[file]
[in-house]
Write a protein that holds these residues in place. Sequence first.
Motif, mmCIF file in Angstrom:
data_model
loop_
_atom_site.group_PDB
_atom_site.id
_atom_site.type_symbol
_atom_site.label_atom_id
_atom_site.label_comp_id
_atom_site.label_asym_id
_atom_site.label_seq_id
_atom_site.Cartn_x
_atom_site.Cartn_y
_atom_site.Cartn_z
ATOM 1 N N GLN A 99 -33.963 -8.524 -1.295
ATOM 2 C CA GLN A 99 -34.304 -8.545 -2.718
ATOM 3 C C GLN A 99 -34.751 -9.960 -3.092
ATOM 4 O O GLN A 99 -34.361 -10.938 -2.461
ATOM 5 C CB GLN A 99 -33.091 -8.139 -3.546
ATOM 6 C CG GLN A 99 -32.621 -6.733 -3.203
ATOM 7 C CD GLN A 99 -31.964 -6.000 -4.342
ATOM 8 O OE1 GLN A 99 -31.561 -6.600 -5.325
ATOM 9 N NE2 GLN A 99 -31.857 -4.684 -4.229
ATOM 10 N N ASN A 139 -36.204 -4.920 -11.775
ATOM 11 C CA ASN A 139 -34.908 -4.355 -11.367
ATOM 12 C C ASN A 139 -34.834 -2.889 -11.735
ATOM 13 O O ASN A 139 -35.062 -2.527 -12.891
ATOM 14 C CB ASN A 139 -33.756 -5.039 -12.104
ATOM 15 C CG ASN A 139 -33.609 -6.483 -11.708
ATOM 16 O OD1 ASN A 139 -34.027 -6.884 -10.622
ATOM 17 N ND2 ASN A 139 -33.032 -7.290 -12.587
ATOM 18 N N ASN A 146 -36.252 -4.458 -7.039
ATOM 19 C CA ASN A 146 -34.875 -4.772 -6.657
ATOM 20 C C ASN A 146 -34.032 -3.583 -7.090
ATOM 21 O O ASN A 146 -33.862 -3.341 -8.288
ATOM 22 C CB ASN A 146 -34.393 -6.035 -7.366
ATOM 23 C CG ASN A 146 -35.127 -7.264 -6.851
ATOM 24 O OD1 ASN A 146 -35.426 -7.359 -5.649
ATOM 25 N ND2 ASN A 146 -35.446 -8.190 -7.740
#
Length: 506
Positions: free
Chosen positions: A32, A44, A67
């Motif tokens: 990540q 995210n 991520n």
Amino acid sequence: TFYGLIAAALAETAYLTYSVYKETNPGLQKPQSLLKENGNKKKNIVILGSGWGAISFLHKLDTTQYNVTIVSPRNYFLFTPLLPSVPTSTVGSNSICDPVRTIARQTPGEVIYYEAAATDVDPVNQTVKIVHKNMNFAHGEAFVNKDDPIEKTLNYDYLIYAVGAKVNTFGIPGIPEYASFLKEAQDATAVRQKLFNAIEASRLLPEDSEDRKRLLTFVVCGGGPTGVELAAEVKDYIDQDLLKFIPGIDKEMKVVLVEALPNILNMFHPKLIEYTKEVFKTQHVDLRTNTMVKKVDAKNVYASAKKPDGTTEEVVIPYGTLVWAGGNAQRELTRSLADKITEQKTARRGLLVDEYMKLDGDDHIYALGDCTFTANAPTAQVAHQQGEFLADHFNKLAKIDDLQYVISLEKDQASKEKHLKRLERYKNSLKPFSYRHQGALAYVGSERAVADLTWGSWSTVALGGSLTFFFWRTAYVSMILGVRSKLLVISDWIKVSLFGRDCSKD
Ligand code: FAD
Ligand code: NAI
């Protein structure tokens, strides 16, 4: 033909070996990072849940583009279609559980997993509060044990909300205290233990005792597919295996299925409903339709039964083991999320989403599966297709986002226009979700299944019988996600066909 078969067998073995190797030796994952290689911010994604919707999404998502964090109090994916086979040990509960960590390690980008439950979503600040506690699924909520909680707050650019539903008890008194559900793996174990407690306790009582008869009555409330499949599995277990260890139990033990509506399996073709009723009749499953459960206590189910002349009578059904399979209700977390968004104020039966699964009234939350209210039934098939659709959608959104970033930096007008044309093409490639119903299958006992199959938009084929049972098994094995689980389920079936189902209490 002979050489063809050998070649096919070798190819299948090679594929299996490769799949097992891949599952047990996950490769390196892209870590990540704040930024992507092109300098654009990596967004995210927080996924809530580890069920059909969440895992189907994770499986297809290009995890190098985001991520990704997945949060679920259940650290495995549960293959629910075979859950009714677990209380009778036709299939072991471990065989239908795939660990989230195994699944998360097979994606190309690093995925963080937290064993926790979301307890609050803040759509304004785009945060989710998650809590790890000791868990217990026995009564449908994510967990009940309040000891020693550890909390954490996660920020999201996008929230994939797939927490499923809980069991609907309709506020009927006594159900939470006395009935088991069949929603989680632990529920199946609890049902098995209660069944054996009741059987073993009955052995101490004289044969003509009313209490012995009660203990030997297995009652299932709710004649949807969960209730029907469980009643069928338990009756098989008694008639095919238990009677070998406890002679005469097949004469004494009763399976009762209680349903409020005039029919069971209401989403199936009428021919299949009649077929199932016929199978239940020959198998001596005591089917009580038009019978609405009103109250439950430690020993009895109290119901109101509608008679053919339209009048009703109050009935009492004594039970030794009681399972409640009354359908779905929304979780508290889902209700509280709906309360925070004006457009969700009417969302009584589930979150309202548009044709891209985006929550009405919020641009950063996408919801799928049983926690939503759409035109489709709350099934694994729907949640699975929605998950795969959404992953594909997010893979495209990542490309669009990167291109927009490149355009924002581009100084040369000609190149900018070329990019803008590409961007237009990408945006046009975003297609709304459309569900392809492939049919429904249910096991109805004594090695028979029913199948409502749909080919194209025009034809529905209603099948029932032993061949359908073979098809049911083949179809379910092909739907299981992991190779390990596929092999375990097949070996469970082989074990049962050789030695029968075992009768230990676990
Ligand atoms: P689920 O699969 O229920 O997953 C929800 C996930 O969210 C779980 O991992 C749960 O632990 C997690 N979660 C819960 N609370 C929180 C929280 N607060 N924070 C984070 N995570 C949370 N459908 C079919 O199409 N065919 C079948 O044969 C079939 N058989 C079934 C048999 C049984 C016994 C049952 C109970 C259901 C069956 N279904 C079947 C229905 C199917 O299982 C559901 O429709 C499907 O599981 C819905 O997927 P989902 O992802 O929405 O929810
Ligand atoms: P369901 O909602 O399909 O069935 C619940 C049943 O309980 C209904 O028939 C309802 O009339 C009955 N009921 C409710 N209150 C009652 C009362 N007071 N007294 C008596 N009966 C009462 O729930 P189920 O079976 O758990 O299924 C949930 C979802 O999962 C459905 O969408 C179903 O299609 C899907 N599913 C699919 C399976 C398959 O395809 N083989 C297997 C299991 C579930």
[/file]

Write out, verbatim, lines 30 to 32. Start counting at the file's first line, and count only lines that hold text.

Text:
ATOM 15 C CG ASN A 139 -33.609 -6.483 -11.708
ATOM 16 O OD1 ASN A 139 -34.027 -6.884 -10.622
ATOM 17 N ND2 ASN A 139 -33.032 -7.290 -12.587